Six die in ‘undeclared civil war’


BAGHDAD – A car bomb killed six people Saturday near a Shiite shrine south of Baghdad, and the death toll from the deadliest attack of the year rose to nearly 90. A senior official warned Iraq was in an “undeclared civil war” that can be curbed only by a strong government and greater powers for security services.

With sectarian tensions rising, U.S. Marines on Saturday beat back the largest attack in weeks by Sunni Arab insurgents in the western city of Ramadi – another sign of the crisis facing this country three years after Baghdad fell to U.S. forces.

The car bomb exploded at a small shrine in the Euphrates River town of Musayyib, 40 miles south of Baghdad. Police said most of the six dead and 14 wounded were Shiite pilgrims visiting the shrine.

Fears of more attacks are running high in Shiite areas following the Thursday car bombing that killed 10 in the Shiite holy city of Najaf and the suicide attack the following day against a Shiite mosque in Baghdad – the deadliest attack in Iraq this year.

The attacks on houses of worship have stoked tensions between Shiite and Sunni Muslims, especially after the Feb. 22 bombing of a Shiite shrine in Samarra, an act that triggered reprisal attacks against Sunni mosques and clerics.

Despite the violence, U.S. officials have discounted talk of civil war. However, a senior Iraqi official said Saturday that an “undeclared civil war” had already been raging for more than a year.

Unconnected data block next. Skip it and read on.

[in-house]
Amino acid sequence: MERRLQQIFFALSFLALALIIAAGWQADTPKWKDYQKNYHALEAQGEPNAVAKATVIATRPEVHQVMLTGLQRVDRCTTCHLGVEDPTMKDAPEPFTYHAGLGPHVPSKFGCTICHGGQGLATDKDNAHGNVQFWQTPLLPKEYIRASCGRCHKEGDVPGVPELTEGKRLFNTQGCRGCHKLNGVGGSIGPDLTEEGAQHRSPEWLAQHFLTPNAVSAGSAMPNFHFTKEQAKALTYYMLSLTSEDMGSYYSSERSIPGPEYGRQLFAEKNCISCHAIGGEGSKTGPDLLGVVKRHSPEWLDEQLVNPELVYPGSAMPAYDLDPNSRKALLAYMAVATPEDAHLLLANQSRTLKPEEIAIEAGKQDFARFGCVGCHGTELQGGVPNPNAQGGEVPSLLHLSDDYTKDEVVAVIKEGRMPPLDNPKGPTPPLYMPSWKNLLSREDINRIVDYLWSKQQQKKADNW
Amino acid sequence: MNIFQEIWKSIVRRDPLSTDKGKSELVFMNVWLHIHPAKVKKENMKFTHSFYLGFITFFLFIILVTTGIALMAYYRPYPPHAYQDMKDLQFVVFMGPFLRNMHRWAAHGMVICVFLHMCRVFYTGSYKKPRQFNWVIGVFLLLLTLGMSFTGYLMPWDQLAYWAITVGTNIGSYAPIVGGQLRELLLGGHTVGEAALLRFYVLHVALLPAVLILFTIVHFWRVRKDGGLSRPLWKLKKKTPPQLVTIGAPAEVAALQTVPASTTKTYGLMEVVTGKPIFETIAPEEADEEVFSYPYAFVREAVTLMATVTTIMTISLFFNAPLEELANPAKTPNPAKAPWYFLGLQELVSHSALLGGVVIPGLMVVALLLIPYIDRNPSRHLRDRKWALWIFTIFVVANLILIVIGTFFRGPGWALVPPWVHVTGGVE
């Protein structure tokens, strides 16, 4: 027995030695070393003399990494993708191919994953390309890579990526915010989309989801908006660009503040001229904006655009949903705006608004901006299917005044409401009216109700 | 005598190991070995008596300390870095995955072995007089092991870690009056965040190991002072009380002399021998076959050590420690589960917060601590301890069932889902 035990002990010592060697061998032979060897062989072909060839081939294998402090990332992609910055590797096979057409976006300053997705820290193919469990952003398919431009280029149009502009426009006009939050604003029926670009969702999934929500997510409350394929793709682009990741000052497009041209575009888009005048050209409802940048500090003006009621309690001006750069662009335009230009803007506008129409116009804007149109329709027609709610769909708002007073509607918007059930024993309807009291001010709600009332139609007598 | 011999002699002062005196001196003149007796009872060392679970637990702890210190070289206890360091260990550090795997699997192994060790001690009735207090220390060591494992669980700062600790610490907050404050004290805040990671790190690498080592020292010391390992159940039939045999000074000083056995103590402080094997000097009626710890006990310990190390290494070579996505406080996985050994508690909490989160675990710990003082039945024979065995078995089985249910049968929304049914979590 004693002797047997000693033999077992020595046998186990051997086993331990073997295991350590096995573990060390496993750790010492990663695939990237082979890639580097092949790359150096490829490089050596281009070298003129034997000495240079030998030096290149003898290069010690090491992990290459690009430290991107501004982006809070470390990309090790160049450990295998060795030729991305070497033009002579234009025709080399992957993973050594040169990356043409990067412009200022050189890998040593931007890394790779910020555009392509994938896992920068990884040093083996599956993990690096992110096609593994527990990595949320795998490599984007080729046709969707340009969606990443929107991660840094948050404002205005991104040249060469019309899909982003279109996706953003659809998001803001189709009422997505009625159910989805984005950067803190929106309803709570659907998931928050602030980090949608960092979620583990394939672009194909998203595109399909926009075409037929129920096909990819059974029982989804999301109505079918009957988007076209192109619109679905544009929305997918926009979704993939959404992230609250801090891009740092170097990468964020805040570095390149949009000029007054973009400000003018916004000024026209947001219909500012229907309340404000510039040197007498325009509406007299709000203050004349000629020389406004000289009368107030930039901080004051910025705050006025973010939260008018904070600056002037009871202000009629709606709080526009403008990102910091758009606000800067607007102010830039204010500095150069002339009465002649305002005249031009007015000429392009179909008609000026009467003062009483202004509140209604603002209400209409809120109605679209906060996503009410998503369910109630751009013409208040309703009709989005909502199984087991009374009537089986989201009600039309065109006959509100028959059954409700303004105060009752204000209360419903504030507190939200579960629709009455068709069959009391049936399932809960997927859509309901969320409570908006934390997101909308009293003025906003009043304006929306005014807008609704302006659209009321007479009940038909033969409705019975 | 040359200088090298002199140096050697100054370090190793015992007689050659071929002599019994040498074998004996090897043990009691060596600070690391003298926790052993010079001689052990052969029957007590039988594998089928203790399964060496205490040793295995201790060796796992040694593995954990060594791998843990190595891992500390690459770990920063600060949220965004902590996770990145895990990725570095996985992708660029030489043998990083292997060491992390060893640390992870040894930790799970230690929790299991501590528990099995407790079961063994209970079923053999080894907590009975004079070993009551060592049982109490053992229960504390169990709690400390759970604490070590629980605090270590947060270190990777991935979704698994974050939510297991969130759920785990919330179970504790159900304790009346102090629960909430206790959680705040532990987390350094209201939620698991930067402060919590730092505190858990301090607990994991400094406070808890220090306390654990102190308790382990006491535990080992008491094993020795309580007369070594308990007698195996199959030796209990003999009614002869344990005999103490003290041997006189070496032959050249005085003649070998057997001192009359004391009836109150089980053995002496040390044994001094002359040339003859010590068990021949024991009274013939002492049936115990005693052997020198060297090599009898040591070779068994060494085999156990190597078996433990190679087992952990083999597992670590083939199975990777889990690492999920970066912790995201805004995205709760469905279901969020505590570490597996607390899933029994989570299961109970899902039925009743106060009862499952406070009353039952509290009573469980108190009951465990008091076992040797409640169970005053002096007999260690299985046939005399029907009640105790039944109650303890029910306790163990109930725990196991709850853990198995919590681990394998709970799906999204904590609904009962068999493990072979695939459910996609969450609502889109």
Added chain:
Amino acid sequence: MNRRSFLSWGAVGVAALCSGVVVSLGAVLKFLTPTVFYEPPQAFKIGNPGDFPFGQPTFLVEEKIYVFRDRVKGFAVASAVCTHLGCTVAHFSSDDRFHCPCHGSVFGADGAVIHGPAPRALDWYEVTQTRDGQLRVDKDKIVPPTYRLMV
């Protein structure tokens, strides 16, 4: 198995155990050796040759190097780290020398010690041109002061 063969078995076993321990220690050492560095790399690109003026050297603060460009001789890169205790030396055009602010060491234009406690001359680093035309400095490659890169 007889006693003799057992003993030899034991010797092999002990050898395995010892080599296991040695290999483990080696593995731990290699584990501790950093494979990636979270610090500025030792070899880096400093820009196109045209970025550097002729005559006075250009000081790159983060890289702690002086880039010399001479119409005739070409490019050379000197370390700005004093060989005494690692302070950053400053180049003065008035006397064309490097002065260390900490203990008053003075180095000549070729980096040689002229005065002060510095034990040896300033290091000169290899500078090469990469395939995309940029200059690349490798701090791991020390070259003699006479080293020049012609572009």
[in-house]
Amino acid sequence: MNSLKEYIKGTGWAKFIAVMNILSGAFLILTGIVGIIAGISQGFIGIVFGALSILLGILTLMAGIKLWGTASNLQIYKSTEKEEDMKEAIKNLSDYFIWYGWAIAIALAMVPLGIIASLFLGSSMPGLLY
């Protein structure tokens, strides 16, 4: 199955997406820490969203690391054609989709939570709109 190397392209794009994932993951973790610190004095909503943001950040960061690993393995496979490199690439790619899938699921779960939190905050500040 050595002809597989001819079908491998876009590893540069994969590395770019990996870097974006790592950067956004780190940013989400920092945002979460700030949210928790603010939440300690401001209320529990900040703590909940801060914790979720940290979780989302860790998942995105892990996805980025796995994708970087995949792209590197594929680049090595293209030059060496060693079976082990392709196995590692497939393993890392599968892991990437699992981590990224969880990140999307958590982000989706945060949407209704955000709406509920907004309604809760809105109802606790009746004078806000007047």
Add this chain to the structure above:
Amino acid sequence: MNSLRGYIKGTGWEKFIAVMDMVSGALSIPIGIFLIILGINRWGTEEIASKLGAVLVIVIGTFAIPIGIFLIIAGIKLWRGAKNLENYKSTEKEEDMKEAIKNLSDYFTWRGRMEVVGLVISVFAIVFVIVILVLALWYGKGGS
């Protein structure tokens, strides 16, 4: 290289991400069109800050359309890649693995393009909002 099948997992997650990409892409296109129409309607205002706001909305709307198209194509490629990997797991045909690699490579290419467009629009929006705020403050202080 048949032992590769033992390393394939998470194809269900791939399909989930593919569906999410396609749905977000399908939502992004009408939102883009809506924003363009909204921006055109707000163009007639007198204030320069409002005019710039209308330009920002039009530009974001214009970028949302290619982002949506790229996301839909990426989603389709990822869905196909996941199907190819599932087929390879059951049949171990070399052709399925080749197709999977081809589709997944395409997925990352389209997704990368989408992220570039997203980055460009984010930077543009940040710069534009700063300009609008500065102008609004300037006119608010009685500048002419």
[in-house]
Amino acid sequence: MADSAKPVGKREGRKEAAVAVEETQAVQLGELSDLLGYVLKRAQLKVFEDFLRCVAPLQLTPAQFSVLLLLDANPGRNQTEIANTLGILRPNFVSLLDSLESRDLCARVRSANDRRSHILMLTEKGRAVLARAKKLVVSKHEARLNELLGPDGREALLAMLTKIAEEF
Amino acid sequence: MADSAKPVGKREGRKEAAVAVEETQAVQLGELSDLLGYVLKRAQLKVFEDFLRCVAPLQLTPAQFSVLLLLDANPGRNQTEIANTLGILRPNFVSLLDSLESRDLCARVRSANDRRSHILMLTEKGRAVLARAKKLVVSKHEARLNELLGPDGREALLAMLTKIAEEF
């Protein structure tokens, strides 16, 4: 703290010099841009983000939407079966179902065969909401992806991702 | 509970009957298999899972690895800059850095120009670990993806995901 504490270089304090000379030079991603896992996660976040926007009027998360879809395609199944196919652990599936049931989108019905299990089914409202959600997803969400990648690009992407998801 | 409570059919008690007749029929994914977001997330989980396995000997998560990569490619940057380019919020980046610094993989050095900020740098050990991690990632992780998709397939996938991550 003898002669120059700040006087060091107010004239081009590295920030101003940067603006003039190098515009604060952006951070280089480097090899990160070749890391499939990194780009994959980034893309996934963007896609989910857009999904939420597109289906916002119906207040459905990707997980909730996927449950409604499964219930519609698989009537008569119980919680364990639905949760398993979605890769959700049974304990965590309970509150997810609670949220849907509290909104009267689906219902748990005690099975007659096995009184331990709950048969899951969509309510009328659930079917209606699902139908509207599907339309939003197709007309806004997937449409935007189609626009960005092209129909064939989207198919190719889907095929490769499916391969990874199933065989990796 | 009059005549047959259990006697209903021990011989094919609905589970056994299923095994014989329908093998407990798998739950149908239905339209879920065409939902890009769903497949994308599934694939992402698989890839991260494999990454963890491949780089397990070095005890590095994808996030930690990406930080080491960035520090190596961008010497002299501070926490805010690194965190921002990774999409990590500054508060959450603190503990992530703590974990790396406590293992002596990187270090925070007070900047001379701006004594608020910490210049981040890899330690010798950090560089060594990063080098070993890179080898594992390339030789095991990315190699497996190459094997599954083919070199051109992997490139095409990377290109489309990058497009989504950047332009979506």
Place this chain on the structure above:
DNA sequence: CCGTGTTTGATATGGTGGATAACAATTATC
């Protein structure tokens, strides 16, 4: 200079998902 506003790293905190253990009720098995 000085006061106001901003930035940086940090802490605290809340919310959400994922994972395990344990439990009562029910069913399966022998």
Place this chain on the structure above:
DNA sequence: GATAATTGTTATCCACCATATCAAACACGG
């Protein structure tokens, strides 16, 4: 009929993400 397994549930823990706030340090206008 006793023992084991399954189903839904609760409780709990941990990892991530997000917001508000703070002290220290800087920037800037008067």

“Is there a civil war? Yes, there is an undeclared civil war that has been there for a year or more,” Maj. Gen. Hussein Kamal told The Associated Press. “All these bodies that are discovered in Baghdad, the slaughter of pilgrims heading to holy sites, the explosions, the destruction, the attacks against the mosques are all part of this.”

His comments were echoed by Egyptian President Hosni Mubarak.

“Civil war has almost started among Shiites, Sunnis, Kurds and those who are coming from Asia. The situation is uneasy and I don’t know how Iraq would be brought together,” Mubarak said in an interview broadcast Saturday on Al-Arabiya satellite television.

Kamal said the country would still be spared from all-out sectarian war “if a strong government is formed, if the security forces are given wide powers and if they are able to defeat the terrorists.”

“Then we might be able to overcome this crisis,” he said.

The death toll from the Friday bombing of the Buratha mosque in north Baghdad rose to 85 because some of the wounded died, Dr. Riyadh Abdul Ameer of the Health Ministry said. Inot hear a call” for al-Jaafari to step down. But he added that “anything is possible.”

Khalid al-Attiyah, an independent member of the Shiite alliance, said several options were under discussion, including replacing al-Jaafari with Vice President Adil Abdul-Mahdi, who lost the February vote.

But al-Attiyah said al-Jaafari’s party would oppose that. Abdul-Mahdi is a member of the largest Shiite party, the Supreme Council for the Islamic Revolution in Iraq.

Other proposals include naming another candidate from Dawa or someone not affiliated with either of the two big Shiite parties, al-Attiyah said.